With regard to “transitional societies”, cases in point include, for example, European post-communist states, post-apartheid South Africa, countries of the “Arab Spring”, and nations with rapidly growing economic power such as Brazil, China and India. Further examples include cultures, which due to processes of globalisation and digitation of communication have experienced far-reaching social, political and economic changes, including (civil) war, revolution, economic collapse, new nation-building, forms of religious fundamentalism and grassroots protest movements such as “Occupy”. This includes the challenges posed by these processes to the relative stability of Western liberal democracies.
Rather than thinking about these key moments in history as single points of rupture, which produce “crises”, these may be examined as transitions that impact upon existing gender orders and political masculinities. That is to say, change is not seen to emerge from a single point of “crisis” in which we explore the “predicament” and its implications, but may alternatively be viewed as a process that is embedded in a broader socio-political milieu.
The main issue that we want to address, besides examining the characteristics of political masculinities in different transitional societies, is whether there is a certain trajectory in the characteristics of political masculinities during social transition that can be identified across cultures and times. Specific questions emerge:
! In what ways are “old” and “new” concepts of political masculinities and their location within the overall gender order negotiated and which “old” characteristics are retained or replaced within transition?
! Are there social mechanisms that accelerate or slow down the transition of political masculinities and whose interests do they serve?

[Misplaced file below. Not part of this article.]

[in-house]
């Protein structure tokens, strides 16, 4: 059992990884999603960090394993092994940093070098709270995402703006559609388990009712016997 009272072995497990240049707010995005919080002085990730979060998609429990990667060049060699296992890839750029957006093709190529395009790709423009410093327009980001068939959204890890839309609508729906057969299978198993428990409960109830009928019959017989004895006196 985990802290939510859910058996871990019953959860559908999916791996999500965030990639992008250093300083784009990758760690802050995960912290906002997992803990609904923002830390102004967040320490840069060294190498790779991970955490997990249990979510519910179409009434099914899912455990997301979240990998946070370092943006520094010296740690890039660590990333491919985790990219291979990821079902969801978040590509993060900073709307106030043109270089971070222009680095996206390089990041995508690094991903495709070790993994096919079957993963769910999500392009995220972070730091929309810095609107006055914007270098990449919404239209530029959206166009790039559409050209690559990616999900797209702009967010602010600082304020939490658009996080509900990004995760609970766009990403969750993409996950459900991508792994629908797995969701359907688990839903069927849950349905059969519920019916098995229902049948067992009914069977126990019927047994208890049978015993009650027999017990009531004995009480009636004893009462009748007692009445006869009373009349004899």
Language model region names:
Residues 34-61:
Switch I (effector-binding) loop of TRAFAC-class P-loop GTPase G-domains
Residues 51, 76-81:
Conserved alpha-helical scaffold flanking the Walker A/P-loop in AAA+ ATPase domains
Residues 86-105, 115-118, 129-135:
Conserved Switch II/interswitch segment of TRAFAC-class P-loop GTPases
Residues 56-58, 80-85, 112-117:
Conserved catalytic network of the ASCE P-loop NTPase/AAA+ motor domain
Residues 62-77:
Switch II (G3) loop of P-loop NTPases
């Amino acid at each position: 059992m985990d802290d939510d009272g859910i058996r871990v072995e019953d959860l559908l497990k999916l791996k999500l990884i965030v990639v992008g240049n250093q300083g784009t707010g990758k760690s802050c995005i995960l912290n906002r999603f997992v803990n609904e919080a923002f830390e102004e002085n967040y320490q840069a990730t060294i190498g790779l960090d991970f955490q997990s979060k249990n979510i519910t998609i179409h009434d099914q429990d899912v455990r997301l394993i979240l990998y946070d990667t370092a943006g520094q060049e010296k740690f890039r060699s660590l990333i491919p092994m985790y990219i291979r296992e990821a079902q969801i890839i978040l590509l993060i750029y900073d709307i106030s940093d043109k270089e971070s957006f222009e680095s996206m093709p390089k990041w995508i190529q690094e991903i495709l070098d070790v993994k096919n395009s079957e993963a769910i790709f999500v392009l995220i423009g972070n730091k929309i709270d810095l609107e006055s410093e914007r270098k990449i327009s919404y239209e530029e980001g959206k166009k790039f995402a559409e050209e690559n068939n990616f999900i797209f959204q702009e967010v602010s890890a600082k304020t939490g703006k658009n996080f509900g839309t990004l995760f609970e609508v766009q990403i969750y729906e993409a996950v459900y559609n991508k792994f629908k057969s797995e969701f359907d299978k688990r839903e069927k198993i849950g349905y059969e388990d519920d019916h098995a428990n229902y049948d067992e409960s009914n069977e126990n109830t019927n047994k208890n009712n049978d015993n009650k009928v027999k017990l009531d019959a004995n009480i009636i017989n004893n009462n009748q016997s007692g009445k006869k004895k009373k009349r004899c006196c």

! How stable are political masculinities in transition and can changes brought about by transition be reversed once the transitional conditions cease to exist?
! To what extent may processes of transition result in an individual “political masculinity identity” that is complex and contradictory, or arguably even psychically divided and multilayered?
! Further points of discussion are welcome.
Political Masculinities as Agents of Change
The conference aims to encourage and develop diverse understanding concerning political masculinities as agents of change. We hope to showcase the best work in the area occurring internationally as well as to stimulate debate within and between disciplines. We welcome the submission of empirical and theoretical papers from across the full spectrum of gender studies as well as those which critically engage and reflect upon research paradigms and methods. This may include, but is not limited to, work in the arts, humanities, social sciences and sciences. We would particularly welcome papers that seek to address ‘real world’ issues, and in so doing, encourage and contribute toward broader individual and social change.
We define the concept of ‘political masculinities’ broadly. This can relate to any potential actor in the political sphere, including for example, individuals such as activists, insurgents, politicians, political journalists and voters; groups such as political parties, lobbyists, thinktanks, trade unions, and other non-governmental organisations (NGOs); and the State, its institutions as well as representatives. We also emphasise ‘hidden’ political masculinities, such as those associated with global businessmen, as well as political processes and structures and their relation to masculinities.
We likewise define the notion of ‘agents of change’ broadly. This is taken to refer to any actors or actions that serve to challenge normative masculinities – dominant and taken for granted ideals of what it is to be a man – which sustain unequal relations of power between women and men as well as between men themselves. In doing so, such challenge ushers in possibilities for change.
We are therefore interested in exploring where, when, how and why political masculinities can and have served as agents of change at, and across, different levels of analysis. This may include, but is not limited to, the individual; interpersonal; situational; contextual; discursive; representational and/or ideological. In this respect we hope to receive proposals from a diverse range of academic disciplines and practitioners.
Rosemary Lobban, Anglia Ruskin University
Russell Luyt, Anglia Ruskin University
Sam Martin, Anglia Ruskin University
Daragh McDermott, Anglia Ruskin University